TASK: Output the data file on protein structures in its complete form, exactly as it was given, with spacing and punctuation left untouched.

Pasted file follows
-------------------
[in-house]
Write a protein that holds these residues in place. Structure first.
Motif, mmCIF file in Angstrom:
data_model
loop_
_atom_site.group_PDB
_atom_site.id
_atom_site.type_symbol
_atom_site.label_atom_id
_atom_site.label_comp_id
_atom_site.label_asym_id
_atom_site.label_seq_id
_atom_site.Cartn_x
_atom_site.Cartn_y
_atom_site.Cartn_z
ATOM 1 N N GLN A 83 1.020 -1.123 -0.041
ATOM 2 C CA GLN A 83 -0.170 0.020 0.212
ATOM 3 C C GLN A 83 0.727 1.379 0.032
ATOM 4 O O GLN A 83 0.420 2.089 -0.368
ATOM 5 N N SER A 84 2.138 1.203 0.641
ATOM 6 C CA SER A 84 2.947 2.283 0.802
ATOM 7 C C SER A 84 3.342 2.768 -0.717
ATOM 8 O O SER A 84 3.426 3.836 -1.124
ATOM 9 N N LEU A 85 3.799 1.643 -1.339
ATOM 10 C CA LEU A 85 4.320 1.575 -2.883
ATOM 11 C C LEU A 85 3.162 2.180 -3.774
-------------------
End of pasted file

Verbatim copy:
[in-house]
Write a protein that holds these residues in place. Structure first.
Motif, mmCIF file in Angstrom:
data_model
loop_
_atom_site.group_PDB
_atom_site.id
_atom_site.type_symbol
_atom_site.label_atom_id
_atom_site.label_comp_id
_atom_site.label_asym_id
_atom_site.label_seq_id
_atom_site.Cartn_x
_atom_site.Cartn_y
_atom_site.Cartn_z
ATOM 1 N N GLN A 83 1.020 -1.123 -0.041
ATOM 2 C CA GLN A 83 -0.170 0.020 0.212
ATOM 3 C C GLN A 83 0.727 1.379 0.032
ATOM 4 O O GLN A 83 0.420 2.089 -0.368
ATOM 5 N N SER A 84 2.138 1.203 0.641
ATOM 6 C CA SER A 84 2.947 2.283 0.802
ATOM 7 C C SER A 84 3.342 2.768 -0.717
ATOM 8 O O SER A 84 3.426 3.836 -1.124
ATOM 9 N N LEU A 85 3.799 1.643 -1.339
ATOM 10 C CA LEU A 85 4.320 1.575 -2.883
ATOM 11 C C LEU A 85 3.162 2.180 -3.774